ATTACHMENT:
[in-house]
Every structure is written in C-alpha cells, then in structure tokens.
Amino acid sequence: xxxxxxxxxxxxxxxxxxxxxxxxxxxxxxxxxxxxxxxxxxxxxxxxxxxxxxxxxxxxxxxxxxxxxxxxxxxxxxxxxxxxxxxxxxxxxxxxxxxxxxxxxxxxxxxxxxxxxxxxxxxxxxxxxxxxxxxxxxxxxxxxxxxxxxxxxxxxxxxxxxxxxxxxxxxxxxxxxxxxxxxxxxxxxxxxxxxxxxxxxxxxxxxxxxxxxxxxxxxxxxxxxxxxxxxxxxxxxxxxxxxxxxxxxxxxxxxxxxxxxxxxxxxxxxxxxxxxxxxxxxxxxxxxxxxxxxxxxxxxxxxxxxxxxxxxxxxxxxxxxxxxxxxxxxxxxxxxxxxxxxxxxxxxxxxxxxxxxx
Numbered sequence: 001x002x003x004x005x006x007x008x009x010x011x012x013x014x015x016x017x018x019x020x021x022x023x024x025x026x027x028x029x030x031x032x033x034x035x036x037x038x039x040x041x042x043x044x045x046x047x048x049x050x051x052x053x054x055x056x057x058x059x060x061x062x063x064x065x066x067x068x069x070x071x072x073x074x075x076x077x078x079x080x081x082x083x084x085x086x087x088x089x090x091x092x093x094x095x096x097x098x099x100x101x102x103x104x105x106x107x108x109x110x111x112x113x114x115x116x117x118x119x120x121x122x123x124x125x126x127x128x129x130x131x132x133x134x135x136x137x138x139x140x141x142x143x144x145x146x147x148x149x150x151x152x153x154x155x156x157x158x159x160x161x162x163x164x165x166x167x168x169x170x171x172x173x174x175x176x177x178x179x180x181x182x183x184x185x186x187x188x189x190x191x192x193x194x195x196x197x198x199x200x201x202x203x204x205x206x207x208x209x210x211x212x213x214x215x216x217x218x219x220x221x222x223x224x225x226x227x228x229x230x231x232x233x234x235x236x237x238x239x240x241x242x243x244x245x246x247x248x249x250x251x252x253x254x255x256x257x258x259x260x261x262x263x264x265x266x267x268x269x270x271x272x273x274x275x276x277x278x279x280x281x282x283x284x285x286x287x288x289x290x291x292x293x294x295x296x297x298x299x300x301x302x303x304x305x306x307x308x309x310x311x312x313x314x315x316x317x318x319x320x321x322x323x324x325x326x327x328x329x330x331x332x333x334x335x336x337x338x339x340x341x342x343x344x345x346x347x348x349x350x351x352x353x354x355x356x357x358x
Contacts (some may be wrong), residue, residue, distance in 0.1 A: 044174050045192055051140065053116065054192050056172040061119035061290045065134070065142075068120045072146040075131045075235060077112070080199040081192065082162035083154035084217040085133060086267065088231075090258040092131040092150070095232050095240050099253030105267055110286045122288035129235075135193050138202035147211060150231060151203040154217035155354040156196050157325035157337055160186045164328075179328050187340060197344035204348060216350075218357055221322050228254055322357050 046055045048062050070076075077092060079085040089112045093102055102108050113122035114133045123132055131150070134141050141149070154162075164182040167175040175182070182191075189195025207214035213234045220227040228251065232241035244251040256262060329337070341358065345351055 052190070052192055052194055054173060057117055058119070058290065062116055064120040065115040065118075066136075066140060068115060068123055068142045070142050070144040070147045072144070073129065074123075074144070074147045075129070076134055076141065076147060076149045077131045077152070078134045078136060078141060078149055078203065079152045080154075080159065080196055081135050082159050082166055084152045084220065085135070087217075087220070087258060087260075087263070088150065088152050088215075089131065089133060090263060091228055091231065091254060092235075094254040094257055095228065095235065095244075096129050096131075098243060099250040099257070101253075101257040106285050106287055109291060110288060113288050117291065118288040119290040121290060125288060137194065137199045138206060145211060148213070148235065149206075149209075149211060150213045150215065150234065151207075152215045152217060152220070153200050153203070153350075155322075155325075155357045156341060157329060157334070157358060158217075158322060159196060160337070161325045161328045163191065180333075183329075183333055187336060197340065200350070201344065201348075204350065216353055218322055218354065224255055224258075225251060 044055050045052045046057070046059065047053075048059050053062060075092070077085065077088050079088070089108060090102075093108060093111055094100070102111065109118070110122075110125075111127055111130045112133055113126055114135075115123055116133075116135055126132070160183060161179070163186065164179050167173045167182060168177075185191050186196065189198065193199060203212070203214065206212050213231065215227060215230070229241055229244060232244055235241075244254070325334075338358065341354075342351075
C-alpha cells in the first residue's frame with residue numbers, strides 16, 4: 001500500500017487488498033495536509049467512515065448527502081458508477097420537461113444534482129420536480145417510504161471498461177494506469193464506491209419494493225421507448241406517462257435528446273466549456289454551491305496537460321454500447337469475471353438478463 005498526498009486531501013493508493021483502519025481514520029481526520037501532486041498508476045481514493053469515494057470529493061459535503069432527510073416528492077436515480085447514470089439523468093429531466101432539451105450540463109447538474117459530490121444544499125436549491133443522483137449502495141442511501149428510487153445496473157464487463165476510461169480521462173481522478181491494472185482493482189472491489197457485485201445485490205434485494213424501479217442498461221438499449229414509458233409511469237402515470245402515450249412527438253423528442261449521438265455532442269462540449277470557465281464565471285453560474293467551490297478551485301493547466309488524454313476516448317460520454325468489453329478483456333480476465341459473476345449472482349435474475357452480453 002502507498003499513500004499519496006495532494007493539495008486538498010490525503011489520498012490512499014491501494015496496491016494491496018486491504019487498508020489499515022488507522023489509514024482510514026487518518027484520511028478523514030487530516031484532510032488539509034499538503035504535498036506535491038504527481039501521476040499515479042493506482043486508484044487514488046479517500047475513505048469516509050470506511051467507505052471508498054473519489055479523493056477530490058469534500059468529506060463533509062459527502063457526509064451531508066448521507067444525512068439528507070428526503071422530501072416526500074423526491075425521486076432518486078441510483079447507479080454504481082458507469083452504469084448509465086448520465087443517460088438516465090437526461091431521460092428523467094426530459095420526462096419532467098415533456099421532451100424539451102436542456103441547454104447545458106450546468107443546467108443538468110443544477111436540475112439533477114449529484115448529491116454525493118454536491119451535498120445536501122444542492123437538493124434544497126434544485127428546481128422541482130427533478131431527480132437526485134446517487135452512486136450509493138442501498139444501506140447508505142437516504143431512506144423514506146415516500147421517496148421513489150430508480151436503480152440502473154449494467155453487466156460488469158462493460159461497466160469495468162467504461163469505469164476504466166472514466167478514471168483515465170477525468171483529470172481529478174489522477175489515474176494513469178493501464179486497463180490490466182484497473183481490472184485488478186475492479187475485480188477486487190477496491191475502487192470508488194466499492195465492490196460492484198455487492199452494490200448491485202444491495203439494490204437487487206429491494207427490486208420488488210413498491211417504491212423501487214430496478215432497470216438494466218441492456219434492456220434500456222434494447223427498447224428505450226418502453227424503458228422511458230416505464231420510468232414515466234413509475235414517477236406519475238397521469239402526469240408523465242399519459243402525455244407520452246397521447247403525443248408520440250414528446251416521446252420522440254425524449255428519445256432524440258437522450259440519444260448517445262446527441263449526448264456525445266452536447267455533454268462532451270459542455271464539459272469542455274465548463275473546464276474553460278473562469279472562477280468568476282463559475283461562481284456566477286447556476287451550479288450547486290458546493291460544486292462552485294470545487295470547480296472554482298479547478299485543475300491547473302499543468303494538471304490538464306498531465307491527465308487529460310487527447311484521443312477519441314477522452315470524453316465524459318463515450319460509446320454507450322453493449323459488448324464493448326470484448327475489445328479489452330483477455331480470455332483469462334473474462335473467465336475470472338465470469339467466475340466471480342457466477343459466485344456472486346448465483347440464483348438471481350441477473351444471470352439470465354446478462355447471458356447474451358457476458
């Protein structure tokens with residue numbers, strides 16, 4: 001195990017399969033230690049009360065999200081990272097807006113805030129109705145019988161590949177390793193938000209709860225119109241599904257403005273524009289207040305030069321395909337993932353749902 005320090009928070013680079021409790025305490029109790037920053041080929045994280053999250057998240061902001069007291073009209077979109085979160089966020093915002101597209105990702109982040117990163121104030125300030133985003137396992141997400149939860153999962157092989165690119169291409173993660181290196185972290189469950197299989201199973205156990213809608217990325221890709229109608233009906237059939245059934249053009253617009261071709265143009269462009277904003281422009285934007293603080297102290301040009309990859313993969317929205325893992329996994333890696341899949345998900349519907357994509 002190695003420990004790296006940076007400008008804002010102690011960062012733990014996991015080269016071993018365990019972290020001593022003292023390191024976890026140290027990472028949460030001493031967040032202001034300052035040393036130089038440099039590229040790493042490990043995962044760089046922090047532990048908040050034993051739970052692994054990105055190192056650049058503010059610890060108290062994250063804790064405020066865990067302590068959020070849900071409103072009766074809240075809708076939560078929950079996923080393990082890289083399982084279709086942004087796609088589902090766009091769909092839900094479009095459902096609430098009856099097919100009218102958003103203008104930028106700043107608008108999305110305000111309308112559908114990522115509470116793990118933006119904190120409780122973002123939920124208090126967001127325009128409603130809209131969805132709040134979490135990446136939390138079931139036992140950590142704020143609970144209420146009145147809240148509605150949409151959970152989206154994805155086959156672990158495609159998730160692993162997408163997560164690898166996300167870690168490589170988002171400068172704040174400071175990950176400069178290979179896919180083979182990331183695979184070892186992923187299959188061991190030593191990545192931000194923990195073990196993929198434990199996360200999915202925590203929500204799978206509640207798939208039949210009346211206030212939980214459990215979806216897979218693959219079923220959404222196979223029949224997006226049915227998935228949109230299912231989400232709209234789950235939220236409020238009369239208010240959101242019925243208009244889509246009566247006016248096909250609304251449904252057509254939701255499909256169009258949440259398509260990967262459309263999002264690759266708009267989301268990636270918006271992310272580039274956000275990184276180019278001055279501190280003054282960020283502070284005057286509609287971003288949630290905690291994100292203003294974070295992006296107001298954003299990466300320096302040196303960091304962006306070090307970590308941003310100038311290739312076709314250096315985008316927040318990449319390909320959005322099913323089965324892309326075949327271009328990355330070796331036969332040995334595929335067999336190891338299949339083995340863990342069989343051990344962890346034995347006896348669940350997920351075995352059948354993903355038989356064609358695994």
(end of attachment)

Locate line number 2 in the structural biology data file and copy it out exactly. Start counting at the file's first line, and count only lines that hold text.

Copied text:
Every structure is written in C-alpha cells, then in structure tokens.